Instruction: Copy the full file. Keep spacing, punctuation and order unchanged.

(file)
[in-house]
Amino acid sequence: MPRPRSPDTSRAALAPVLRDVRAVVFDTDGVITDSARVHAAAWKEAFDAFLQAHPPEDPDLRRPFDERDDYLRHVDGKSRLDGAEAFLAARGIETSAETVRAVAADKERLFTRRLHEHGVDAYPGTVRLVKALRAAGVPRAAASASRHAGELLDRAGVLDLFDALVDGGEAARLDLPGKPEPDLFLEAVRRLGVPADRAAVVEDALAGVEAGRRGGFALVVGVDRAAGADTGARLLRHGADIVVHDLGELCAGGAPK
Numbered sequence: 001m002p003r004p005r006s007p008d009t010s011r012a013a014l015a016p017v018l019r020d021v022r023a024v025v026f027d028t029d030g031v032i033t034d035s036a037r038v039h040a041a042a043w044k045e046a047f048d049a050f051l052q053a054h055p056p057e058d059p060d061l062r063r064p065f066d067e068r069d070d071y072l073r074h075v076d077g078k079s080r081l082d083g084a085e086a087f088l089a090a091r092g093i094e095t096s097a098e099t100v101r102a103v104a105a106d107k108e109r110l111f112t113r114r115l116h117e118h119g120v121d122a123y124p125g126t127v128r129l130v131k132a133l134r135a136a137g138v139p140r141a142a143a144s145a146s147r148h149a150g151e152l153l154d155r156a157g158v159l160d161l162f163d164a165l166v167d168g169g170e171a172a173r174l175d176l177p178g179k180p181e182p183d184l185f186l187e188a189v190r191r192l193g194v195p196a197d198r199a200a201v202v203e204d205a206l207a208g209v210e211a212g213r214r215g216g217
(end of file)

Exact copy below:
[in-house]
Amino acid sequence: MPRPRSPDTSRAALAPVLRDVRAVVFDTDGVITDSARVHAAAWKEAFDAFLQAHPPEDPDLRRPFDERDDYLRHVDGKSRLDGAEAFLAARGIETSAETVRAVAADKERLFTRRLHEHGVDAYPGTVRLVKALRAAGVPRAAASASRHAGELLDRAGVLDLFDALVDGGEAARLDLPGKPEPDLFLEAVRRLGVPADRAAVVEDALAGVEAGRRGGFALVVGVDRAAGADTGARLLRHGADIVVHDLGELCAGGAPK
Numbered sequence: 001m002p003r004p005r006s007p008d009t010s011r012a013a014l015a016p017v018l019r020d021v022r023a024v025v026f027d028t029d030g031v032i033t034d035s036a037r038v039h040a041a042a043w044k045e046a047f048d049a050f051l052q053a054h055p056p057e058d059p060d061l062r063r064p065f066d067e068r069d070d071y072l073r074h075v076d077g078k079s080r081l082d083g084a085e086a087f088l089a090a091r092g093i094e095t096s097a098e099t100v101r102a103v104a105a106d107k108e109r110l111f112t113r114r115l116h117e118h119g120v121d122a123y124p125g126t127v128r129l130v131k132a133l134r135a136a137g138v139p140r141a142a143a144s145a146s147r148h149a150g151e152l153l154d155r156a157g158v159l160d161l162f163d164a165l166v167d168g169g170e171a172a173r174l175d176l177p178g179k180p181e182p183d184l185f186l187e188a189v190r191r192l193g194v195p196a197d198r199a200a201v202v203e204d205a206l207a208g209v210e211a212g213r214r215g216g217